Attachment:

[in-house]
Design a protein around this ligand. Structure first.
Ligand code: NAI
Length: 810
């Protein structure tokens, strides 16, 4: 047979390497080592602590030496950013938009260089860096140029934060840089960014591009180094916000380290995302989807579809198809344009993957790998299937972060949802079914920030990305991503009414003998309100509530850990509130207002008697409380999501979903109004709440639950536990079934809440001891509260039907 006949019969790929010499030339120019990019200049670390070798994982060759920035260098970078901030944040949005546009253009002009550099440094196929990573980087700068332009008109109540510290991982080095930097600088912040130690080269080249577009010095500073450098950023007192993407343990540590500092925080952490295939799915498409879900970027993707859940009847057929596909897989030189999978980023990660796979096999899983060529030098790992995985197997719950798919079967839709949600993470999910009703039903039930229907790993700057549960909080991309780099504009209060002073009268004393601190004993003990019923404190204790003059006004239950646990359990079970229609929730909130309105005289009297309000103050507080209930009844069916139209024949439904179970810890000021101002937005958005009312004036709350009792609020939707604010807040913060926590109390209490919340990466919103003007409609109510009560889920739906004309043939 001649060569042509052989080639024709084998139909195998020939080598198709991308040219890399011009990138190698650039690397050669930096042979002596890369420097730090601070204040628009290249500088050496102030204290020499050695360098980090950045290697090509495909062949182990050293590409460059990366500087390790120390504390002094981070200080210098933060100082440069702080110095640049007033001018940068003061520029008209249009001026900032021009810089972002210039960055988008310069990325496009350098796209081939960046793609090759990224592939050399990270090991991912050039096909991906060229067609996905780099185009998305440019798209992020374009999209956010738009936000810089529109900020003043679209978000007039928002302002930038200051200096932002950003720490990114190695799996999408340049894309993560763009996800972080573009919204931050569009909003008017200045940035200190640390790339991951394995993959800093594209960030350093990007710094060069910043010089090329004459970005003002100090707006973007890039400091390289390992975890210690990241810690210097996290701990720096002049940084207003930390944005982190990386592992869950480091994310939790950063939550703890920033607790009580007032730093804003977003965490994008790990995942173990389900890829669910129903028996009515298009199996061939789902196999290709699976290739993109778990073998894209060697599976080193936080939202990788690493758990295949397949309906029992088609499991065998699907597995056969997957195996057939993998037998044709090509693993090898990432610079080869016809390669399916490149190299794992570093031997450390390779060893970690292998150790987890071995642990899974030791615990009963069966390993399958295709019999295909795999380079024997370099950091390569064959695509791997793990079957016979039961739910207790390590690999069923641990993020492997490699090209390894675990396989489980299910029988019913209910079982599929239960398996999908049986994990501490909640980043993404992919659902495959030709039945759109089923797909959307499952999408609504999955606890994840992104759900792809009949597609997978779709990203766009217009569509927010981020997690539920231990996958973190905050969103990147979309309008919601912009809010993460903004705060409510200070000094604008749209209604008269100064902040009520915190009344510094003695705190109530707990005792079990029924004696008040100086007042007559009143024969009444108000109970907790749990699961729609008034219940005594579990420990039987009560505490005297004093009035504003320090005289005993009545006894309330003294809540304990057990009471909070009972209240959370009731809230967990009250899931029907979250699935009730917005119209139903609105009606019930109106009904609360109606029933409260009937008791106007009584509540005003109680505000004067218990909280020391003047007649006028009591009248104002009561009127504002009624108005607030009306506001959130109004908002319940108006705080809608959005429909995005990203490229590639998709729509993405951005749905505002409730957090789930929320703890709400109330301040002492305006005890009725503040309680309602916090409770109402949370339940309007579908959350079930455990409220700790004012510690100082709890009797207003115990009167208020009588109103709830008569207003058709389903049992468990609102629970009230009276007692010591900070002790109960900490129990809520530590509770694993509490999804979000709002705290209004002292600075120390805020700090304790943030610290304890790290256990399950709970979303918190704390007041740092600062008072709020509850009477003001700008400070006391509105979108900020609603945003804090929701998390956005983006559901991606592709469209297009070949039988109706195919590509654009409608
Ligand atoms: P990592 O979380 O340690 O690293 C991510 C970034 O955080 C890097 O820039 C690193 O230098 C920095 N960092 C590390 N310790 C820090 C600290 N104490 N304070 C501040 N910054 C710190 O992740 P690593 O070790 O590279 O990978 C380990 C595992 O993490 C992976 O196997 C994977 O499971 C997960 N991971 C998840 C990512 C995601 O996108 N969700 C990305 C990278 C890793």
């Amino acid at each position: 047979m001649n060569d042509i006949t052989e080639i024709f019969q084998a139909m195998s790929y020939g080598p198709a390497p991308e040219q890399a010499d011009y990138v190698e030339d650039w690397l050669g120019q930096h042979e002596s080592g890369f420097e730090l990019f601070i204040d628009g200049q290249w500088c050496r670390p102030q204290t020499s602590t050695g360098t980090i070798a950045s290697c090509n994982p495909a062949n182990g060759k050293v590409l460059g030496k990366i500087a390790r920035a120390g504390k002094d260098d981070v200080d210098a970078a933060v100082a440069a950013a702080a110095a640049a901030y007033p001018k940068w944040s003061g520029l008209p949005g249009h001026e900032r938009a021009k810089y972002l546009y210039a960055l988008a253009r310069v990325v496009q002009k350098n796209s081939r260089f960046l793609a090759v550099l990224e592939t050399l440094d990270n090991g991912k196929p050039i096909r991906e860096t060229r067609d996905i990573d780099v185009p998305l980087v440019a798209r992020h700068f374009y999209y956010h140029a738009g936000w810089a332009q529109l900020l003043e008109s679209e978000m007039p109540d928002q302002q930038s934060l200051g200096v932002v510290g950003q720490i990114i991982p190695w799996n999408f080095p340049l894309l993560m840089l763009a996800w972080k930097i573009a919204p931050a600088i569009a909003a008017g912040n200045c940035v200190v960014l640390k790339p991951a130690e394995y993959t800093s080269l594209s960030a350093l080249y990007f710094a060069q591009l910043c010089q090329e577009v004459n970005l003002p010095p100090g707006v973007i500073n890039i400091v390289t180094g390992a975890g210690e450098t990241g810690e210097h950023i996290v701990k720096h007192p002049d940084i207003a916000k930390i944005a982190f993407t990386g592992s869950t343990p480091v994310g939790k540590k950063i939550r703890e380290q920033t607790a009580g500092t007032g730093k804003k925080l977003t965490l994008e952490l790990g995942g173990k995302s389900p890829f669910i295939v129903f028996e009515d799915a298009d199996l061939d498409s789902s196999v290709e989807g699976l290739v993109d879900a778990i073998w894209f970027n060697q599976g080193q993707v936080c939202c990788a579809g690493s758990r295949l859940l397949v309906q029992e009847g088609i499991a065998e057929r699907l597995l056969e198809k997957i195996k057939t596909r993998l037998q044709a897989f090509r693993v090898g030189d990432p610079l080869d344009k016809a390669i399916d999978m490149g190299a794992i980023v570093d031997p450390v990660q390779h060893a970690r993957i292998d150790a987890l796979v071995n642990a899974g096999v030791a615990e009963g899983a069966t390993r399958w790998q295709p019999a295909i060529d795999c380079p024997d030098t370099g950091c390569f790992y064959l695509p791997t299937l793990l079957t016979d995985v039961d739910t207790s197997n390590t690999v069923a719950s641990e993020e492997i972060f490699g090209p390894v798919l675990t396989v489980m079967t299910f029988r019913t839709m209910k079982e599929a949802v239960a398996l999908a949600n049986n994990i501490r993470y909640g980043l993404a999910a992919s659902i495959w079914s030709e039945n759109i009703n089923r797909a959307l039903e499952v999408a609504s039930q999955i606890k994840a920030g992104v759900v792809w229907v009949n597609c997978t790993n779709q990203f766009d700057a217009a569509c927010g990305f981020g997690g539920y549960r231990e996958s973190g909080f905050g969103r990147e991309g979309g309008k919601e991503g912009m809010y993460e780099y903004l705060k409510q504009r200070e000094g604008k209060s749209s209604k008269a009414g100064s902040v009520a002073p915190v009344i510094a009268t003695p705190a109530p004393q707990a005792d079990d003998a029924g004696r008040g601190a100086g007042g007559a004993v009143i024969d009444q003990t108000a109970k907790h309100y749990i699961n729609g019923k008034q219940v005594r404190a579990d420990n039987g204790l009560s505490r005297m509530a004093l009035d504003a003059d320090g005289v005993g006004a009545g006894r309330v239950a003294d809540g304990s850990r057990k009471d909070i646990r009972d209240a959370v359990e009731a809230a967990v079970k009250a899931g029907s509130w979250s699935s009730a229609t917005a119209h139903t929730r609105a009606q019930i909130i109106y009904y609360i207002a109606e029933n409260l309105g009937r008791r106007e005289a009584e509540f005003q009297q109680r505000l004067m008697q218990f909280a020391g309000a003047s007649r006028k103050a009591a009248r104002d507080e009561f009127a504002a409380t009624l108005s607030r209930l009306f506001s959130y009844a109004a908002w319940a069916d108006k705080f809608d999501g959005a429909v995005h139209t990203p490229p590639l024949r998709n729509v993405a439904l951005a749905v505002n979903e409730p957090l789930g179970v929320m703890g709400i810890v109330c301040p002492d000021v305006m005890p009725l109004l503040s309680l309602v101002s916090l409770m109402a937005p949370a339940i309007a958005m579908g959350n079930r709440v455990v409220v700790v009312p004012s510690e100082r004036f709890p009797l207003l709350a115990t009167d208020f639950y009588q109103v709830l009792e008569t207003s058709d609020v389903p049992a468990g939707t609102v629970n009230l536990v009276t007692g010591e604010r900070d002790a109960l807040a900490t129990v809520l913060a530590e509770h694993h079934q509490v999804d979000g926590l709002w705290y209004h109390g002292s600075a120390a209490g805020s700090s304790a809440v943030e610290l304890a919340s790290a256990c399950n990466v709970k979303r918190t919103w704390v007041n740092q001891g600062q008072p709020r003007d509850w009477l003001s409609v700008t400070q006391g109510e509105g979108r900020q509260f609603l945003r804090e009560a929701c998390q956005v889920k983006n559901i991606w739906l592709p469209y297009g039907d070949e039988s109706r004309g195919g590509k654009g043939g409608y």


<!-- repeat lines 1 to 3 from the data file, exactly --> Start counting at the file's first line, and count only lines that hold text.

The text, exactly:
[in-house]
Design a protein around this ligand. Structure first.
Ligand code: NAI